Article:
|Integrated Pest Management in Developing Countries Proceedings (NRI, 1992)|
The initiative leading to the publication of this report on integrated pest management (IPM) in developing countries stemmed from a crop protection conference held by CAB International in the United Kingdom in April 1989, and from the mid-term meeting of the Consultative Group on International Agricultural Research (CGIAR) in Australia in May of the same year. The first meeting, attended largely by scientists, highlighted the problems of limited adoption of IPM in developing countries; the second, a forum for donor agencies, suggested an approach to addressing the problem - initially through the establishment of a small task force. The latter comprised interested representatives from the following development assistance agencies: IDRC, USAID, ODA, ACIAR and FAO (see Appendix 1 for abbreviations). Funds for the IPM Task Force's operations and associated consultancies came from these five organizations.
The prime concern driving this initiative was the limited adoption of IPM in the developing countries of the tropics (as well as in many developed countries), despite the very large body of relevant knowledge that has accumulated, particularly over the past two decades. Environmental and human health concerns over excessive pesticide usage; the increasing resistance of pests to existing chemicals; and the limited scope for production of new, environmentally benign pesticides are among the many compelling reasons that have been repeatedly stressed for turning to IPM.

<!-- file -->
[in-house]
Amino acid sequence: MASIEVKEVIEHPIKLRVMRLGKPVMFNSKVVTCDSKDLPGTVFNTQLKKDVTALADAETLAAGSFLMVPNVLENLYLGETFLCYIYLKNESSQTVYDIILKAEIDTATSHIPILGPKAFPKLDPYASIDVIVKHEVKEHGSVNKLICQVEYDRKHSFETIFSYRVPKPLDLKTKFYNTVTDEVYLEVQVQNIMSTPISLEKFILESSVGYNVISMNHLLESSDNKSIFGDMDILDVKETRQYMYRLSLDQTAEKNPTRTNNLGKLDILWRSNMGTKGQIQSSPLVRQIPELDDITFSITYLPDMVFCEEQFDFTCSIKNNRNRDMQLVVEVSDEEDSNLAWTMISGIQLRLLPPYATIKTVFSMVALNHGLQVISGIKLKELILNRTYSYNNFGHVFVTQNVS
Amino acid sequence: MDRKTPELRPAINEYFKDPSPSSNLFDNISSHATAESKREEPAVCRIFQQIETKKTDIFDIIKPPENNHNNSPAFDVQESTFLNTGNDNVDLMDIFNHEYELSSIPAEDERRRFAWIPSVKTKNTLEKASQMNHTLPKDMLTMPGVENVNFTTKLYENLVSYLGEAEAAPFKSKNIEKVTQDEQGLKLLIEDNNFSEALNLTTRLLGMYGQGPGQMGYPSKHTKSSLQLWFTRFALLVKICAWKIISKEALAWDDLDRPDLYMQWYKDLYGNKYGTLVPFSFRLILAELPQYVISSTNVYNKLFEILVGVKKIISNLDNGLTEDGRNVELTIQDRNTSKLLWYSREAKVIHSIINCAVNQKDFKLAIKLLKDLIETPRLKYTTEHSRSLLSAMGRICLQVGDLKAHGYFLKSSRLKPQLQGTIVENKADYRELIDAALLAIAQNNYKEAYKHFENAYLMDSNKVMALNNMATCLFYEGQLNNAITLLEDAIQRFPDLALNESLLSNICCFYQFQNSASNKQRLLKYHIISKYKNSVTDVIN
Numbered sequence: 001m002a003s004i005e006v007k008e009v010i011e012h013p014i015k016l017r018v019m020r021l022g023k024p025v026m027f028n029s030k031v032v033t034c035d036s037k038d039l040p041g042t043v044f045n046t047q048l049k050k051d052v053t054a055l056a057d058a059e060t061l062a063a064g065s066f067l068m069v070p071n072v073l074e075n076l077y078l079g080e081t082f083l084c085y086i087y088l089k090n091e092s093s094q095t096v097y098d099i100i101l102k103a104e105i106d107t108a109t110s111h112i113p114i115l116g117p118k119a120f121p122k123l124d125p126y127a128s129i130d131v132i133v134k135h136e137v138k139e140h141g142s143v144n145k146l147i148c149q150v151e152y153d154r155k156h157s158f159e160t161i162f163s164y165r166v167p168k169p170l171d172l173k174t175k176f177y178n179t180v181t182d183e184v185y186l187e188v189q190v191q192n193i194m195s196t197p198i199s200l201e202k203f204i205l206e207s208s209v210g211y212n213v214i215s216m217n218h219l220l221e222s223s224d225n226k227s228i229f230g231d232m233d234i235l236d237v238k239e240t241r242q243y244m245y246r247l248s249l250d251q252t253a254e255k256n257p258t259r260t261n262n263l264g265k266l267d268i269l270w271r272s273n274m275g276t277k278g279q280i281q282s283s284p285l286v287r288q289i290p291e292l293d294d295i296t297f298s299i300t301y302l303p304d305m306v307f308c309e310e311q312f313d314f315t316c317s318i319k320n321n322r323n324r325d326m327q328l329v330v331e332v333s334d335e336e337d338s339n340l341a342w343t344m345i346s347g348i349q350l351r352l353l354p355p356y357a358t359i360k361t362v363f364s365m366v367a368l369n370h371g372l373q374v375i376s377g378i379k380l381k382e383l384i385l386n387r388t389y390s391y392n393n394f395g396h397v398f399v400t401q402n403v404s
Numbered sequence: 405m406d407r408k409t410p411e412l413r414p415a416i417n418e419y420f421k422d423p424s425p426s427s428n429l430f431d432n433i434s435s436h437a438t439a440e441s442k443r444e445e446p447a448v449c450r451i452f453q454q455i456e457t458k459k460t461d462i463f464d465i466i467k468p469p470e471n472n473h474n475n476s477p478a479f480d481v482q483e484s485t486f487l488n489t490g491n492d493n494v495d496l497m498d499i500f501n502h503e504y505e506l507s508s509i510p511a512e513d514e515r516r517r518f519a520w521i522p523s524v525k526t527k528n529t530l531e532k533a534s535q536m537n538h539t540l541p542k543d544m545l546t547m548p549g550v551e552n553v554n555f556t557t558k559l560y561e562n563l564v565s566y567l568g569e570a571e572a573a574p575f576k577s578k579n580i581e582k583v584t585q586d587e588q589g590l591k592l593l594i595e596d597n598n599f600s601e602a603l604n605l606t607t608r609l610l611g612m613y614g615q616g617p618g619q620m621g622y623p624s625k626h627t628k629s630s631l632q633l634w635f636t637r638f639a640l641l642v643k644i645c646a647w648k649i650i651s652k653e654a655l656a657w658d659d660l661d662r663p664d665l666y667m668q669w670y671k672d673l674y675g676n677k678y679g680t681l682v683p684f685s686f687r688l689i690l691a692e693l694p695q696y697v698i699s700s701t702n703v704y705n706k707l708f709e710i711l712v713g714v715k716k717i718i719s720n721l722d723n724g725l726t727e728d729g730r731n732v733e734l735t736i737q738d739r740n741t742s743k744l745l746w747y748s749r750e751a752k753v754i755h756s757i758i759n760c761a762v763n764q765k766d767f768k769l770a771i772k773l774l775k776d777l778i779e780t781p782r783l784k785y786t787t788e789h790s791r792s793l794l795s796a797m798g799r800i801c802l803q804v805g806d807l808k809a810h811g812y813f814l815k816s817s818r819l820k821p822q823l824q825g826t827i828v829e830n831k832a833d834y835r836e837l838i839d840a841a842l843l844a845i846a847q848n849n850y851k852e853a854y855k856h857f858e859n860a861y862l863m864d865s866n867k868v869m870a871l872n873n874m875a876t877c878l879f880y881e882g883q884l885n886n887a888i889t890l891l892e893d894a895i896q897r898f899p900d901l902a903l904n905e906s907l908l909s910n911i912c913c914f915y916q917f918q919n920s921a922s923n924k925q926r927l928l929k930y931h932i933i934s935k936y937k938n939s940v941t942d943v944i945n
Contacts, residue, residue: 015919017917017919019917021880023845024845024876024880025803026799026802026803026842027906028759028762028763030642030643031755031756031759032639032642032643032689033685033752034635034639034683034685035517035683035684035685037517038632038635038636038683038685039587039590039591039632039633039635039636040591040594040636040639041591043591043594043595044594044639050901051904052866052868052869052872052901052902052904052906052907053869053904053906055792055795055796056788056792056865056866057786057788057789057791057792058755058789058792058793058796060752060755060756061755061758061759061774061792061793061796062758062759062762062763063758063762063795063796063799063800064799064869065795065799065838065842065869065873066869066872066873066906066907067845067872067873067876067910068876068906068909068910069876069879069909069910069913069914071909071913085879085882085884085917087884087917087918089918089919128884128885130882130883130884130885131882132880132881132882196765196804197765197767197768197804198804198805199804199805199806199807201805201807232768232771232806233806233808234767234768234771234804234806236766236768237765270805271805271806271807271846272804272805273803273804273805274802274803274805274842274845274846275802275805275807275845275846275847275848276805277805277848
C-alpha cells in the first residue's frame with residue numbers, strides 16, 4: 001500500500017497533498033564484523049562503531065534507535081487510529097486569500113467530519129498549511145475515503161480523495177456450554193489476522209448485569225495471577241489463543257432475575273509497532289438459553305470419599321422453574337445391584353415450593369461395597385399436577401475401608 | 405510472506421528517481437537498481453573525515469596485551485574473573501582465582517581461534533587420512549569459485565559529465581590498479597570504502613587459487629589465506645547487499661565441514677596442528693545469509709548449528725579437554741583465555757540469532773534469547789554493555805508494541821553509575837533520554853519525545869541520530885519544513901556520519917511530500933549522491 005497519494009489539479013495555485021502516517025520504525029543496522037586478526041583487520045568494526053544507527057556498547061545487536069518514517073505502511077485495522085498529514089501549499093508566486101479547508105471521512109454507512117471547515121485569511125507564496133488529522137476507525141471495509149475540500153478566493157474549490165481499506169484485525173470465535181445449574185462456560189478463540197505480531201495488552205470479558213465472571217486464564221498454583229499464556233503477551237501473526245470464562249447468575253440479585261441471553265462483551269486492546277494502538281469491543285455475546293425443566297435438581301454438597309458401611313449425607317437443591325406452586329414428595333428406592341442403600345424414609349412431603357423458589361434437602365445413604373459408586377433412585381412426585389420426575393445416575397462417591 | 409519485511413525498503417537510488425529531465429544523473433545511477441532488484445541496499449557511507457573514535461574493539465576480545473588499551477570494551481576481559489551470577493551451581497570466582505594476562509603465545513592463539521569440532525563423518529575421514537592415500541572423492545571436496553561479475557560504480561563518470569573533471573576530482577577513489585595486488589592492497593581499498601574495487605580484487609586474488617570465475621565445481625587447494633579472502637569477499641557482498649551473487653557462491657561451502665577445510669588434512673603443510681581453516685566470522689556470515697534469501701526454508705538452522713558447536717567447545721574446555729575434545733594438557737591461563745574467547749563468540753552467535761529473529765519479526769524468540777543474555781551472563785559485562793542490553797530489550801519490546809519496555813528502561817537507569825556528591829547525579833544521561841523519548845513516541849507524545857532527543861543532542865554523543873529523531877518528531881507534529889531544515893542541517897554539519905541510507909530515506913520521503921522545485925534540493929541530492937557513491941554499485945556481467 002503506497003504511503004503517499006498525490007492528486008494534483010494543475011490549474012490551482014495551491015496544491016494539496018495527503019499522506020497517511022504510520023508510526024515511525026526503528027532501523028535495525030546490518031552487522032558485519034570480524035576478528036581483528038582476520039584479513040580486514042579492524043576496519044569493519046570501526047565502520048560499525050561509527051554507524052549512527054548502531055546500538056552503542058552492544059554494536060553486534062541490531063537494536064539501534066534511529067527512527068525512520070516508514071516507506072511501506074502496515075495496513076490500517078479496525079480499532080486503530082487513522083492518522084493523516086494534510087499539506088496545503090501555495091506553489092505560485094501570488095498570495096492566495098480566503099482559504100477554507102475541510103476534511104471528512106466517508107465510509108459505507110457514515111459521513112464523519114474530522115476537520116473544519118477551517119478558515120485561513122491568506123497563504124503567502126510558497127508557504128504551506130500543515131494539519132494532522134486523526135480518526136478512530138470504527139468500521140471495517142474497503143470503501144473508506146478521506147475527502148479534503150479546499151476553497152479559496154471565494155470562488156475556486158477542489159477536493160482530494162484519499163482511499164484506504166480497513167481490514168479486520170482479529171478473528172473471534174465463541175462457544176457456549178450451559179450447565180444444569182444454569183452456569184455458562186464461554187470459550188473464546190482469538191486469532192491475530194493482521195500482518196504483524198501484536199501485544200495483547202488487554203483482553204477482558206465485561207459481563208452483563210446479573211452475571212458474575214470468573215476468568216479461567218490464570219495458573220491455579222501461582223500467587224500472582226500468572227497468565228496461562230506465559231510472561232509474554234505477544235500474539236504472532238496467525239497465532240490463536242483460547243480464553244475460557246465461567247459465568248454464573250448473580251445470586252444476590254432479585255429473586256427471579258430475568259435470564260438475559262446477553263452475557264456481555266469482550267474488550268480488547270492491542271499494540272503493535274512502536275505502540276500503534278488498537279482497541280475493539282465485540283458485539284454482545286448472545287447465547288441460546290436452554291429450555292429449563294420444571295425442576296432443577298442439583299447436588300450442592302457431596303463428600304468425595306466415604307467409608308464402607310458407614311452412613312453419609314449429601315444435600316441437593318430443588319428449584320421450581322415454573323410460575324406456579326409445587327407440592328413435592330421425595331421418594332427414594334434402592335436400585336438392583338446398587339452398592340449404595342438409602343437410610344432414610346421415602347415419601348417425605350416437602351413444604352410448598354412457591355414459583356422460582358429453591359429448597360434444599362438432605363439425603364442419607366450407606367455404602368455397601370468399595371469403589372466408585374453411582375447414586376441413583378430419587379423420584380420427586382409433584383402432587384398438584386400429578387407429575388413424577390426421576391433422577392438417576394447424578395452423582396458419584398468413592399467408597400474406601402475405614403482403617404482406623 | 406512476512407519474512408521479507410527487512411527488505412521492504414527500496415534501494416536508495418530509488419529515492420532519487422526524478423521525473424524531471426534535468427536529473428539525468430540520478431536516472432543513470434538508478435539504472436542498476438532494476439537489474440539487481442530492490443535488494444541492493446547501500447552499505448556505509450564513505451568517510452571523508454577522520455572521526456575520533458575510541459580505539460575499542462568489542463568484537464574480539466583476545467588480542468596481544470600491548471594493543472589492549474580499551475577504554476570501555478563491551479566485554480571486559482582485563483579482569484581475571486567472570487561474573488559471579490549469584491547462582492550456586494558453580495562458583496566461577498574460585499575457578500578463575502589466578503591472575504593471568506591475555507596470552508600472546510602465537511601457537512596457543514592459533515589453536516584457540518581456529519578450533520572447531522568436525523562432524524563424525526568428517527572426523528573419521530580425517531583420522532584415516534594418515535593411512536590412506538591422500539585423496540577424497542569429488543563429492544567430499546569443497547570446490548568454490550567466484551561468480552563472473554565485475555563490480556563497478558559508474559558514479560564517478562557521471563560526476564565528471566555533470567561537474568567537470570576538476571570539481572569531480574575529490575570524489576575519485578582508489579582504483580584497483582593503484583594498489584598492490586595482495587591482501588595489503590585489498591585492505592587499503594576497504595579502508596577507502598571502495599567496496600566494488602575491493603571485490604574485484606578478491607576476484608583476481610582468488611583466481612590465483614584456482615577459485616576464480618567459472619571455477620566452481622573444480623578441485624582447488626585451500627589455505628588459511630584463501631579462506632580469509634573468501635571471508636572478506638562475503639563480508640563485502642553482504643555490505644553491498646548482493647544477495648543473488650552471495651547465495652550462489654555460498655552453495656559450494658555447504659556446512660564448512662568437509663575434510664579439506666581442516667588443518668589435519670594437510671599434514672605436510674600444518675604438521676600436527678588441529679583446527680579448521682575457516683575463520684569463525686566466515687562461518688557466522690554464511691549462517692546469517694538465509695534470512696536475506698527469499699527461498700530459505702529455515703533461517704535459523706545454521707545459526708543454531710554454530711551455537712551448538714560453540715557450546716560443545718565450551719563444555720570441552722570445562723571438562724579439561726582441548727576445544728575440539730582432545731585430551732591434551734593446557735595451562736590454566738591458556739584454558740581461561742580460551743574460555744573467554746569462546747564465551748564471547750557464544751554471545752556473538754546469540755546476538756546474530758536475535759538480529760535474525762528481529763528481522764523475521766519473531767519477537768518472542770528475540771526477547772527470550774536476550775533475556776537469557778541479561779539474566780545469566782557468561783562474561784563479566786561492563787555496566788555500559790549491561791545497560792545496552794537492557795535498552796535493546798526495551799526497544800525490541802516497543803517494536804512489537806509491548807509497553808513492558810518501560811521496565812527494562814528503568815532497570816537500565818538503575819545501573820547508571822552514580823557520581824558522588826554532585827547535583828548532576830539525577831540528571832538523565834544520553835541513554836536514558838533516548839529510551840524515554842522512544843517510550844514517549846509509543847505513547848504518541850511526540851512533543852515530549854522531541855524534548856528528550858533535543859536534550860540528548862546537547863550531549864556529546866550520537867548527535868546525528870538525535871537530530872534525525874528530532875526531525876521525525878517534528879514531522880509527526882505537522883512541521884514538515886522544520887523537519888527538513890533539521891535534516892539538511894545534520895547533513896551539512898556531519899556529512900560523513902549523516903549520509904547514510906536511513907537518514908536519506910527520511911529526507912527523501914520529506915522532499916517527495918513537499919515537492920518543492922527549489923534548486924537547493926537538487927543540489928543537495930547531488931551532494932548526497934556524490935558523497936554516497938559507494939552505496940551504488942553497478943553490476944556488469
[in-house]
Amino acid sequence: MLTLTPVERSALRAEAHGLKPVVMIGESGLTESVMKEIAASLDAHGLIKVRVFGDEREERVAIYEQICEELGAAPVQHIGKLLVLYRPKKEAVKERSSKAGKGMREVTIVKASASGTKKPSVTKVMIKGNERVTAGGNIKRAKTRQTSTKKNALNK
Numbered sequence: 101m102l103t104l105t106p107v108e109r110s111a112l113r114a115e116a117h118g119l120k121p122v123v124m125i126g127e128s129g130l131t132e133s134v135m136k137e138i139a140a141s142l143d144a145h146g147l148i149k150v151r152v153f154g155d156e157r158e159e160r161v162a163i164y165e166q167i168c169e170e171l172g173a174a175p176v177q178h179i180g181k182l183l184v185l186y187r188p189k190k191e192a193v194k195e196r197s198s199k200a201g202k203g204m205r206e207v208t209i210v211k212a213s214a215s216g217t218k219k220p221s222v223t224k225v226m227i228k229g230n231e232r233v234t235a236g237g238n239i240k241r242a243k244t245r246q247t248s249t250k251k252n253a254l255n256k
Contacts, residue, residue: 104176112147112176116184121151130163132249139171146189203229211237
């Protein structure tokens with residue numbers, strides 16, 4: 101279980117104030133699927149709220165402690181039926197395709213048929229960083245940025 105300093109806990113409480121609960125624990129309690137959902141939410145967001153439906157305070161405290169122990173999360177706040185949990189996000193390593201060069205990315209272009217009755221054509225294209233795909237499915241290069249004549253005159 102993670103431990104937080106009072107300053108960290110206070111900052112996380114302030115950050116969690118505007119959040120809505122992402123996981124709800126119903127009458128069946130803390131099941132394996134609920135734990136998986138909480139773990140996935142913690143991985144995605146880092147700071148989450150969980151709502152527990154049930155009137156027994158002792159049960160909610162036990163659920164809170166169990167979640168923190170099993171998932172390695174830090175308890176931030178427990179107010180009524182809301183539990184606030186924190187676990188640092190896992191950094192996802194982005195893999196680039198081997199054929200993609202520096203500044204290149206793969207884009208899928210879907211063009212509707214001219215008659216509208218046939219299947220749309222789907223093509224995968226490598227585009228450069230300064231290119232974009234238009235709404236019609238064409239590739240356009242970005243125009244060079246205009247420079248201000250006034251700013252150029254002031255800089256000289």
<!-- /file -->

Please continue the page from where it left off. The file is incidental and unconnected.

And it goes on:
Most IPM activities, from research and development to extension and adoption, take place within national programmes, supported from many funding sources. Because of a lack of co-ordination at the international, regional and, in some cases, even national levels, there have been few opportunities to take comprehensive stock of the reasons for the lack of adoption of IPM in developing countries, or to develop rational approaches for overcoming these constraints.
The IPM Task Force was therefore asked to evaluate past and present attempts at IPM in representative developing countries, with particular emphasis on reasons for lack of success, and to identify constraints on wider adoption of IPM where pilot work had been successful. Armed with this information, the Task Force was to propose criteria for successful IPM and strategies for achieving this through the establishment of appropriate institutional mechanisms in national programmes, assisted by co-ordinated efforts of international development agencies and other necessary support. As a major first step in this initiative, the Task Force commissioned a group of consultants to undertake the required background studies and prepare a series of working papers and reports. The Task Force was fortunate to obtain the services of individuals with strong international reputations in their respective fields for this work. They were the Group Convenor, Michael Way, and Clive James, Paul Teng, John Terry, David Groenfeldt and Malcolm Iles (see Appendix 2).
This report is the outcome of their efforts and, reinforced by inputs from others associated with the programme, will provide a firm basis for other activities now under way in this initiative. It is intended to stimulate discussion of issues important to the implementation of IPM in developing countries of the tropics; it reflects the personal views of the authors, and does not necessarily reflect the views of the members of the IPM Task Force.
G.H.L. Rothschild 29 January 1991